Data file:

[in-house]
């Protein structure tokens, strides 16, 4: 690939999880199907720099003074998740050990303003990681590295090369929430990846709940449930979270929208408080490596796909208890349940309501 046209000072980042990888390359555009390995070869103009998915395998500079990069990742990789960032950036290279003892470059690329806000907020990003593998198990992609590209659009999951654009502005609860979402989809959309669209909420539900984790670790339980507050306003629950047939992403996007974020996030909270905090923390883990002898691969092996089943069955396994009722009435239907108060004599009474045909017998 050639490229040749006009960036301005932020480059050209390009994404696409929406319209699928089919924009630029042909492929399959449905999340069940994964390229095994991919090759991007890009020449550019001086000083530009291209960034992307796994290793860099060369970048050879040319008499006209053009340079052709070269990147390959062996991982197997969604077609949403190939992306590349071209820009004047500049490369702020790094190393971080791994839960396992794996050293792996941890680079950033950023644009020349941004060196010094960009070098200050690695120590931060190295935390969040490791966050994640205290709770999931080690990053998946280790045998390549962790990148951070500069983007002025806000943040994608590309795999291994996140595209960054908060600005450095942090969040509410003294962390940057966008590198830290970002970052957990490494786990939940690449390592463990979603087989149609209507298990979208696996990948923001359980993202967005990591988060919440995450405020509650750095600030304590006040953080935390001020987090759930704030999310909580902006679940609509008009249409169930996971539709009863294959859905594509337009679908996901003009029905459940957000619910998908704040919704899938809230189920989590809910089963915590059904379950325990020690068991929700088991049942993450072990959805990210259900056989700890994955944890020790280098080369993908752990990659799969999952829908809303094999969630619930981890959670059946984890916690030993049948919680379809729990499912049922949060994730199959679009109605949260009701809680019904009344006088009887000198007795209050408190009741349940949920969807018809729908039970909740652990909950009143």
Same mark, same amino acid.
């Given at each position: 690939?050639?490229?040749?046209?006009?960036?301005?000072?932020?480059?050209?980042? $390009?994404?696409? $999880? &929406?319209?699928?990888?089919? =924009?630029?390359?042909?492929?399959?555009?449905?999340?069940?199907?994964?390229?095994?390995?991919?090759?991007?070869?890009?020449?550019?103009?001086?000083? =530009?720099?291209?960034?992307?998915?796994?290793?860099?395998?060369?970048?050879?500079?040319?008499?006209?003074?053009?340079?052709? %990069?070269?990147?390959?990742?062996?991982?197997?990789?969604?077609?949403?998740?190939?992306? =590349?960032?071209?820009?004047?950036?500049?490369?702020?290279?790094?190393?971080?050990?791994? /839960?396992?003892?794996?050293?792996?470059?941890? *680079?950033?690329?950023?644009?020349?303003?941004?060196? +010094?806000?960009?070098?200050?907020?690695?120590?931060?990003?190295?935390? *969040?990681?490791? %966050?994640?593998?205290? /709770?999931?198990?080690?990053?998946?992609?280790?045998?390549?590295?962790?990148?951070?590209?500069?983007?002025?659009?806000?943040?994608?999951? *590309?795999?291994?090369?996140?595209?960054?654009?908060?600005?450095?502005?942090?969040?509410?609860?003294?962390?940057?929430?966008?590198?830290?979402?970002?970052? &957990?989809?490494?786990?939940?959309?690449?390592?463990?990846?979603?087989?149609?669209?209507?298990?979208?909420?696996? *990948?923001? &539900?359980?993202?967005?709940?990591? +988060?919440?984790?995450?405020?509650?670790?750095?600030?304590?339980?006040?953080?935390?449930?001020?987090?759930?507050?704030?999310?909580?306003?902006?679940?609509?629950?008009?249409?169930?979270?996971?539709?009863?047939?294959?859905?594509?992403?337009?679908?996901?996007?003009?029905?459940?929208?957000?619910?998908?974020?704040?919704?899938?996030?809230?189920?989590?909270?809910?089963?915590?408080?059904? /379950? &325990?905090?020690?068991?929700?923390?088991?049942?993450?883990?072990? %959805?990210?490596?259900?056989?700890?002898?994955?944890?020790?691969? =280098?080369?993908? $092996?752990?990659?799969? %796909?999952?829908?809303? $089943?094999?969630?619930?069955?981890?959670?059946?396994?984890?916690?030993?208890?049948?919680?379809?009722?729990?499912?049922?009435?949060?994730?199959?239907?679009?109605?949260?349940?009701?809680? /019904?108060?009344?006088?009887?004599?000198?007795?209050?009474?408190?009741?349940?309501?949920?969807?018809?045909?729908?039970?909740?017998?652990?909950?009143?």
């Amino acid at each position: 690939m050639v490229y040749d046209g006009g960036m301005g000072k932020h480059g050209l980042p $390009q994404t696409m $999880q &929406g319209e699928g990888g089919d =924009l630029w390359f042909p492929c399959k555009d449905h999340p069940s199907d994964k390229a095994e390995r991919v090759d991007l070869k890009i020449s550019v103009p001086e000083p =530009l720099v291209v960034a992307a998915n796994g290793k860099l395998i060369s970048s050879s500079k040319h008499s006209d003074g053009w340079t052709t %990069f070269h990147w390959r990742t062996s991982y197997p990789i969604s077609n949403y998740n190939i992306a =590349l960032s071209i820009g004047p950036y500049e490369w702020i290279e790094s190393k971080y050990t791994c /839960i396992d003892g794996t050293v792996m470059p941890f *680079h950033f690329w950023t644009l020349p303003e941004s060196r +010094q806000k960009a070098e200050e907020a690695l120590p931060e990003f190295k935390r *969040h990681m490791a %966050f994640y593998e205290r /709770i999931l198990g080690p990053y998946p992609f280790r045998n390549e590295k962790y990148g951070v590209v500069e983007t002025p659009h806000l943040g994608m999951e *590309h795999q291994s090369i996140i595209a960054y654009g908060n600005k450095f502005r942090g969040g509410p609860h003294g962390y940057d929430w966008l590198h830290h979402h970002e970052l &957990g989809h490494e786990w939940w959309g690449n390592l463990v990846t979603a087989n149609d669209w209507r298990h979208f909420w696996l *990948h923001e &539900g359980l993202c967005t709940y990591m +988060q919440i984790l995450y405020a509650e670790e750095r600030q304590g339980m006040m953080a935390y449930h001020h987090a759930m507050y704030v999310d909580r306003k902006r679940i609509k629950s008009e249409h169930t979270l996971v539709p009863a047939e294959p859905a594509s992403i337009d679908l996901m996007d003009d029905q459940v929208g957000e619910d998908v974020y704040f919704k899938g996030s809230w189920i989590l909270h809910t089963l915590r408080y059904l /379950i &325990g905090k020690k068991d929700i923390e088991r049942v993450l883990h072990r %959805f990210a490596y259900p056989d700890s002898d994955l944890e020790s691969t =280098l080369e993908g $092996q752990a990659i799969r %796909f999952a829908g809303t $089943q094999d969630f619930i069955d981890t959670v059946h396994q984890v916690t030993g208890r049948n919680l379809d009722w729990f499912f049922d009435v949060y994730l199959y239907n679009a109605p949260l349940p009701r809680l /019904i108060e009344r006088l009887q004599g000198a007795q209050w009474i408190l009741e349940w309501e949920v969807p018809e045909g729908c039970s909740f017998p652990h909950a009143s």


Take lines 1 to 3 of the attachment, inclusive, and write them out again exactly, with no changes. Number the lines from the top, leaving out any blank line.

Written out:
[in-house]
């Protein structure tokens, strides 16, 4: 690939999880199907720099003074998740050990303003990681590295090369929430990846709940449930979270929208408080490596796909208890349940309501 046209000072980042990888390359555009390995070869103009998915395998500079990069990742990789960032950036290279003892470059690329806000907020990003593998198990992609590209659009999951654009502005609860979402989809959309669209909420539900984790670790339980507050306003629950047939992403996007974020996030909270905090923390883990002898691969092996089943069955396994009722009435239907108060004599009474045909017998 050639490229040749006009960036301005932020480059050209390009994404696409929406319209699928089919924009630029042909492929399959449905999340069940994964390229095994991919090759991007890009020449550019001086000083530009291209960034992307796994290793860099060369970048050879040319008499006209053009340079052709070269990147390959062996991982197997969604077609949403190939992306590349071209820009004047500049490369702020790094190393971080791994839960396992794996050293792996941890680079950033950023644009020349941004060196010094960009070098200050690695120590931060190295935390969040490791966050994640205290709770999931080690990053998946280790045998390549962790990148951070500069983007002025806000943040994608590309795999291994996140595209960054908060600005450095942090969040509410003294962390940057966008590198830290970002970052957990490494786990939940690449390592463990979603087989149609209507298990979208696996990948923001359980993202967005990591988060919440995450405020509650750095600030304590006040953080935390001020987090759930704030999310909580902006679940609509008009249409169930996971539709009863294959859905594509337009679908996901003009029905459940957000619910998908704040919704899938809230189920989590809910089963915590059904379950325990020690068991929700088991049942993450072990959805990210259900056989700890994955944890020790280098080369993908752990990659799969999952829908809303094999969630619930981890959670059946984890916690030993049948919680379809729990499912049922949060994730199959679009109605949260009701809680019904009344006088009887000198007795209050408190009741349940949920969807018809729908039970909740652990909950009143």
Same mark, same amino acid.